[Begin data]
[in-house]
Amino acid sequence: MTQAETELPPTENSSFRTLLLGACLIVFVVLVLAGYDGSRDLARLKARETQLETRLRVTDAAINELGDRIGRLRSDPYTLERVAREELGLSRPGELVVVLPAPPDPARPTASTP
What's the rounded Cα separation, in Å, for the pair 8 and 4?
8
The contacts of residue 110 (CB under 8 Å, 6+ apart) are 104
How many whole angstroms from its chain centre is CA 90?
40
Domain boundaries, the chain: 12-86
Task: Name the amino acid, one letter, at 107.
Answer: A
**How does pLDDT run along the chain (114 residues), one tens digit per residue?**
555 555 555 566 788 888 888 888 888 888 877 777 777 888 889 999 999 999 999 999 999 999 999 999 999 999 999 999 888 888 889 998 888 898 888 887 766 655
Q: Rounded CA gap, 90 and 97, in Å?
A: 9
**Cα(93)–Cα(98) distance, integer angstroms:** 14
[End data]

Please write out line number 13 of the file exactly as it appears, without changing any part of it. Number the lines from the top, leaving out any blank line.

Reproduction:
Q: Rounded CA gap, 90 and 97, in Å?